Everrati Now Offers Electric GT40 Restomod With 800 HP, V8 Noise, And Fake Shifting
Everrati today announced specifications for its electric GT40. With two motors powering the back wheels, the car is perfect for enthusiasts who want the best of the past and the present.
This version has been revealed 11 months after Everrati announced a partnership with Superformance to make new internal combustion engine and electric versions of the GT40 using “continuation” quality parts. Such is the quality of the build that it will be the only electric GT40 listed in the official Shelby Registry.
“Future-proofing a car of the GT40’s legendary status is both a privilege and a challenging responsibility,” said Mike Kerr, Everrati’s engineering director. “Quality and authenticity are of paramount importance at every stage. That’s why at Everrati, we insist on the complete design and development process being documented and controlled using OEM-derived practices.”
Powered by twin radial flux permanent magnet electric motors, the GT40 can get 800 hp (597 kW/811 PS) and 590 lb-ft (800 Nm) of torque to the rear wheels. That allows the car to sprint to 60 mph (96 km/h) in less than four seconds and onto a top speed of more than 125 mph (201 km/h).
Its 60 kWh lithium-ion battery pack, meanwhile, is located behind the driver (where the engine would have been) and within the side sills. This keeps the center of gravity low and helps the electric GT40 achieve a weight distribution of 40/60 F/R, which compares favorably to the original car’s 38/62 F/R distribution. Fast charging allows it to go from 20 to 80 percent in 45 minutes and it has a range of more than 125 miles (201 km).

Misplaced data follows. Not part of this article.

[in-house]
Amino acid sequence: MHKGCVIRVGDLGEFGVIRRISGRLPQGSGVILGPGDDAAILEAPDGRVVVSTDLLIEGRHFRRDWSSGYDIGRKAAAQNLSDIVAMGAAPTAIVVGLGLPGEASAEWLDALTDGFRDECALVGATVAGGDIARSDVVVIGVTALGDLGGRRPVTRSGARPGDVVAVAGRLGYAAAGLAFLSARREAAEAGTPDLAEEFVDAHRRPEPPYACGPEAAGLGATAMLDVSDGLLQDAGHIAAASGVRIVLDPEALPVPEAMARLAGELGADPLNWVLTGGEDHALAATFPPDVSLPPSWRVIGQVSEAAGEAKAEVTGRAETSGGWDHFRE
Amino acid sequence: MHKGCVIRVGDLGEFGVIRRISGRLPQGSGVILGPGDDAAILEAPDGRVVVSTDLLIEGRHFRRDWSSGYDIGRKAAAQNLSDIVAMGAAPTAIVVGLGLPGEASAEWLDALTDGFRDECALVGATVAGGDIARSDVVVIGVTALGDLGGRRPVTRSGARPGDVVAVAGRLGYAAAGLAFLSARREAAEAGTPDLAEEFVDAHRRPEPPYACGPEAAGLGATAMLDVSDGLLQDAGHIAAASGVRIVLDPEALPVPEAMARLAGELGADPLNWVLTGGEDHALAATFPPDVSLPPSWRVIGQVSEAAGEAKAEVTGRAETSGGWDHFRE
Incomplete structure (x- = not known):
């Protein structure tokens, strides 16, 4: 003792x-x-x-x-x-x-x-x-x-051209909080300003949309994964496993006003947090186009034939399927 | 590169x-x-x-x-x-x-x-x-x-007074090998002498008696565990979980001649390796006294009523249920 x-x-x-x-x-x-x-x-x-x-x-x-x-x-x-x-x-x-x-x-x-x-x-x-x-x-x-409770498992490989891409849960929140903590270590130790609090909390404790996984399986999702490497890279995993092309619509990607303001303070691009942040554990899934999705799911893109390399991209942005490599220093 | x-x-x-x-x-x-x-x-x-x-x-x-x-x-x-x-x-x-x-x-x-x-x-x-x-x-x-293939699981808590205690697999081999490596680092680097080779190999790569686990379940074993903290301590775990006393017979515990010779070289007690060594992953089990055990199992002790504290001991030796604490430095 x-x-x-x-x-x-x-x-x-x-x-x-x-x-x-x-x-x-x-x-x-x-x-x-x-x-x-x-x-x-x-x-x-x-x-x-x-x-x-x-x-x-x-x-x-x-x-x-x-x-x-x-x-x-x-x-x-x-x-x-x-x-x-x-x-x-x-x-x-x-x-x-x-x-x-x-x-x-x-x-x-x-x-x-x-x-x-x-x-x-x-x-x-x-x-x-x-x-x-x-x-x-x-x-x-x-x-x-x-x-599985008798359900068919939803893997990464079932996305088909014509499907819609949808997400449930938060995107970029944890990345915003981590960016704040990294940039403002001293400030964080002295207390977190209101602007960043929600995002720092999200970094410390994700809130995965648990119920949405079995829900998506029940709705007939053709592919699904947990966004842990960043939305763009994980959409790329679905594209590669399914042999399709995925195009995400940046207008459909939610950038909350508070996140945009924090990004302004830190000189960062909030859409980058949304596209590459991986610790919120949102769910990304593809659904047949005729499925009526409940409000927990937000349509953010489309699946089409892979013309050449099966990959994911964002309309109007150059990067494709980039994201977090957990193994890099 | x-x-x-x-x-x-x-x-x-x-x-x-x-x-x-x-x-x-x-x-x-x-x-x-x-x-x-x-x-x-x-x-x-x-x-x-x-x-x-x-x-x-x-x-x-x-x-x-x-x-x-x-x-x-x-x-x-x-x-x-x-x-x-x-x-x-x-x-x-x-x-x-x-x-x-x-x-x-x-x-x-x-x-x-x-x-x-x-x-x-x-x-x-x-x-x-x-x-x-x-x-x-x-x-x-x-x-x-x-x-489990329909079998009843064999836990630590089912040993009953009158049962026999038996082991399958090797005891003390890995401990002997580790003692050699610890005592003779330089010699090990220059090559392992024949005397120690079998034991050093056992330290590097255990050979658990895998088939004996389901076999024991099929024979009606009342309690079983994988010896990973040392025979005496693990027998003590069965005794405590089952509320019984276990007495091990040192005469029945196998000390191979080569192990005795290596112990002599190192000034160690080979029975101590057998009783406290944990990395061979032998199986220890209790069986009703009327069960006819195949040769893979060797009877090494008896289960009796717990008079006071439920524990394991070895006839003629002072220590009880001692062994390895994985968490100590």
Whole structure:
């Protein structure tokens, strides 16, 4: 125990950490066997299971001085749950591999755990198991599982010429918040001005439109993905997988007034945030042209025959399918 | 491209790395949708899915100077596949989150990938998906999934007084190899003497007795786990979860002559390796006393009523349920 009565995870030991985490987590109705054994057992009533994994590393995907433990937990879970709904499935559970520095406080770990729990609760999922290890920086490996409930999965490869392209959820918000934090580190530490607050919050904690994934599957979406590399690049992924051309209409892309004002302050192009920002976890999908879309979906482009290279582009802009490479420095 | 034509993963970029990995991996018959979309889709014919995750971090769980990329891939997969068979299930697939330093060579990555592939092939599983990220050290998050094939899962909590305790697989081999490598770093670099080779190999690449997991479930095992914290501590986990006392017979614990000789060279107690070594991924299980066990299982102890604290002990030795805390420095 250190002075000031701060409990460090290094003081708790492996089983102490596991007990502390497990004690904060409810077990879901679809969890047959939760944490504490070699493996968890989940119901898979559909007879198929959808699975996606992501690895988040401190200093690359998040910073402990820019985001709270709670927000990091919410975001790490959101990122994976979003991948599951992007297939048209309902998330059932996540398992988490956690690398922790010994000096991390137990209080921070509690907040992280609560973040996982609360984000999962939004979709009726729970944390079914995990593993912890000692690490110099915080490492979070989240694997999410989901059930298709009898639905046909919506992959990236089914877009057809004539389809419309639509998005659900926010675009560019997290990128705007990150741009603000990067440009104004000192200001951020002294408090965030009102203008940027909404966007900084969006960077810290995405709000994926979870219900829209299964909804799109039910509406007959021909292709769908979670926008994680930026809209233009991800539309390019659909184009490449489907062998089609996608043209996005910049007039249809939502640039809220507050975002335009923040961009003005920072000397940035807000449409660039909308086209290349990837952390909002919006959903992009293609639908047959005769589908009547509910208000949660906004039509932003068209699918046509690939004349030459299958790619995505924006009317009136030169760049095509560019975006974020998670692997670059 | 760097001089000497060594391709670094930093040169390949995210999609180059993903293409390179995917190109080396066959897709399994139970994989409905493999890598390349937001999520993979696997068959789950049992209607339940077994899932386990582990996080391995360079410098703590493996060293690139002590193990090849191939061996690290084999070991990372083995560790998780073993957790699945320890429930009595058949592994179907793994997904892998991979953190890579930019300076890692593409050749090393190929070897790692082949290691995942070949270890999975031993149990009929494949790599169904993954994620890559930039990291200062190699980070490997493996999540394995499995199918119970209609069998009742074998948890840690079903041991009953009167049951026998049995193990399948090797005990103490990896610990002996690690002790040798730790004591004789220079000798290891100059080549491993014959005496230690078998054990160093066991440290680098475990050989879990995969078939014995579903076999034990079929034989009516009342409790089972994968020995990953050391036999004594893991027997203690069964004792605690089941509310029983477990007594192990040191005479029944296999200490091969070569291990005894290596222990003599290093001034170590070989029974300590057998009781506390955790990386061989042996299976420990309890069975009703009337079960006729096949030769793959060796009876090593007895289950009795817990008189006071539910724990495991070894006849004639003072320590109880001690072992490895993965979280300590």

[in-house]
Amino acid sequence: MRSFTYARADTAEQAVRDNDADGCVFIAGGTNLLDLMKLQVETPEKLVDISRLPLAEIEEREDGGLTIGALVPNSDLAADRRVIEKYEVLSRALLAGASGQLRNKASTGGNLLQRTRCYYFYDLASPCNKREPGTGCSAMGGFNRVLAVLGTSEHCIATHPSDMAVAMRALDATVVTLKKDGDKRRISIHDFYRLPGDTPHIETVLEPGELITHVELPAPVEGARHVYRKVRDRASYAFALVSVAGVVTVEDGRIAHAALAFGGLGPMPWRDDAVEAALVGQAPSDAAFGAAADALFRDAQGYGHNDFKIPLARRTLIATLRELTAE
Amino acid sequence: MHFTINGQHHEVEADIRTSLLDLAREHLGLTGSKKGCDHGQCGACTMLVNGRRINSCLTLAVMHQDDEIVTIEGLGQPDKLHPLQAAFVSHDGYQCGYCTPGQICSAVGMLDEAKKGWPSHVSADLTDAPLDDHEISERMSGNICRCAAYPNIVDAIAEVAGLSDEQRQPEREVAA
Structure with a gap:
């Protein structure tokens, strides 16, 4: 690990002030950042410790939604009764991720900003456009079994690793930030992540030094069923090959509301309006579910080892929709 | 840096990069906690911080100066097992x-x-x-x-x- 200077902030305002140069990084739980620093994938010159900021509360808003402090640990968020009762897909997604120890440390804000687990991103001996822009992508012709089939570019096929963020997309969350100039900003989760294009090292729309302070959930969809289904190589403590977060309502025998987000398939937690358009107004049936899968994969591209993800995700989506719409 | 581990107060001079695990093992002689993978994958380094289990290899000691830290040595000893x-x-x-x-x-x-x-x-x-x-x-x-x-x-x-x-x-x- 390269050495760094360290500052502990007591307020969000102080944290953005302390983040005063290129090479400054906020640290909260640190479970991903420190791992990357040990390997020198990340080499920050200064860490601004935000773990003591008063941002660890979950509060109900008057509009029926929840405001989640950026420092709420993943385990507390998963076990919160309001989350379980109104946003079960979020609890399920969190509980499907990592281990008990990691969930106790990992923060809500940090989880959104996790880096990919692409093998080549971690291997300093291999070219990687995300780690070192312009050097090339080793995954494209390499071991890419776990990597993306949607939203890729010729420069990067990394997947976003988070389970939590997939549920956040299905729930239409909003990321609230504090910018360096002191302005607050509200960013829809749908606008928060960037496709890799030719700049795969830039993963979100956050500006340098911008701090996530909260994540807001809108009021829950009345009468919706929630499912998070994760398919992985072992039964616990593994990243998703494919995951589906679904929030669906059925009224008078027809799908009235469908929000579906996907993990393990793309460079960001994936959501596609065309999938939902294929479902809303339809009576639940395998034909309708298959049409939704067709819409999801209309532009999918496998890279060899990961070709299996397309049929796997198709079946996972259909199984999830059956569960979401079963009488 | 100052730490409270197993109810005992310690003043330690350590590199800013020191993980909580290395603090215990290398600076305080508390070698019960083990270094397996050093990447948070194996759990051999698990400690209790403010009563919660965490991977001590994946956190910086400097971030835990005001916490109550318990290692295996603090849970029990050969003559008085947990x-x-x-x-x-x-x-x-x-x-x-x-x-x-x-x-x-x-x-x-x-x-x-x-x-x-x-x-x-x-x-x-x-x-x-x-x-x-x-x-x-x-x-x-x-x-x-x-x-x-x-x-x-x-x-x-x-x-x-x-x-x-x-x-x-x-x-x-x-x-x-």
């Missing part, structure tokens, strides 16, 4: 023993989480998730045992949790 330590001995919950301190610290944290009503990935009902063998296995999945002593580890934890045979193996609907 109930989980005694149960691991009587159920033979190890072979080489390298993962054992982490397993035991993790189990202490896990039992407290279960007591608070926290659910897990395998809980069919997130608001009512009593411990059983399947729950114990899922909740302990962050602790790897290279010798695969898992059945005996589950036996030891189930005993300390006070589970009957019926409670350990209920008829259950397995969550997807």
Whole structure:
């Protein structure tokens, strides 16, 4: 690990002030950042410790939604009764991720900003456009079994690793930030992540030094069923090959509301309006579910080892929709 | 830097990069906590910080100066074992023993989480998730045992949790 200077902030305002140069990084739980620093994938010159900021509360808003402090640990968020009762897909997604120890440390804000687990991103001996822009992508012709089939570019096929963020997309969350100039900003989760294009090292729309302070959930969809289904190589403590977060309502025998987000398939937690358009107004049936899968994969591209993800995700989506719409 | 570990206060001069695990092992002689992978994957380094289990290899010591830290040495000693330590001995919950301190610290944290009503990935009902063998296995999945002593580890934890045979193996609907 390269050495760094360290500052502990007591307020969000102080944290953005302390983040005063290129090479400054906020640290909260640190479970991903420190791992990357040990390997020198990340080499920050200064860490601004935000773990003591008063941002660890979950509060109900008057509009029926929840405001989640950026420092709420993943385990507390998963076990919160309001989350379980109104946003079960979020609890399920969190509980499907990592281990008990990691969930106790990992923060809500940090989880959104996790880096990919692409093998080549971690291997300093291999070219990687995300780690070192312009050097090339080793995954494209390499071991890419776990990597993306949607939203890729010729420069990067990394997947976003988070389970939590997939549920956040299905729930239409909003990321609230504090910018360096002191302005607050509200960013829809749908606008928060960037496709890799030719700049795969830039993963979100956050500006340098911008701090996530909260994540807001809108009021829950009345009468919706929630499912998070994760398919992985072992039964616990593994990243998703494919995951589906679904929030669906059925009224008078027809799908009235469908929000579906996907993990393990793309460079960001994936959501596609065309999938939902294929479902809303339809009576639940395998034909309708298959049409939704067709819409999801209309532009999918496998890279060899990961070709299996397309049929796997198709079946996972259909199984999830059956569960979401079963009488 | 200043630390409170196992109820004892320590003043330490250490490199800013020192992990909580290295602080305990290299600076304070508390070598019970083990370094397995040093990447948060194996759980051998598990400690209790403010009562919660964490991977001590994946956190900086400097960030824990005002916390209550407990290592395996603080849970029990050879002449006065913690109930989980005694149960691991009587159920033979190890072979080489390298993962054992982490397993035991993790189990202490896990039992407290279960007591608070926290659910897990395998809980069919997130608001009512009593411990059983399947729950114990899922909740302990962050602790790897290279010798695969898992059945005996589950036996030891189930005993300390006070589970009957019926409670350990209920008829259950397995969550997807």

That’s not a stunning range but it does mean that the car hasn’t become some overburdened heavyweight as a result of its transformation. Despite the battery packs, Everrati’s electric GT40 weighs in at just 2,910 lbs (1,320 kg), which is 104 lbs (47 kg) less than the car weighed when it was full of gas and racing at Le Mans in the ‘60s.
In an attempt to get drivers even closer to the original experience of the GT40, Everrati has also added a “Race Mode” that has some interesting features. Selecting the mode activates two sound generators that deliver up to 110 dB of synthetic V8 exhaust sound, which is about as loud as a rock concert. In-seat transducers help to further immerse the driver in classic sound. That is, in turn, connected to the shift lever in the car. Developed using technology from high-end racing simulators, it allows drivers to “change gears,” providing a momentary pause in power and sound between “shifts.”
A motorsport-derived user display, meanwhile, provides the driver with extensive live data about the condition of the powertrain. An onboard 4G data logger can allow Everrati engineers to diagnose any issues that come up with the owner’s permission.
“The engineering team at Everrati is immensely proud to have received the honor of creating the only GT40 EV in the world to be listed in the official Shelby Registry,” said Kerr. “Our advanced driver-focused visceral engagement technology will enable drivers to access a fully immersive aural experience and reignite the romance of the era in which the GT40 dominated the Le Mans 24 Hours in the 1960s, in a new era of zero-emission electric mobility.”
Prices for the electric GT40 have not been revealed but Everrati says that its order books are open for interested customers looking to commission a model.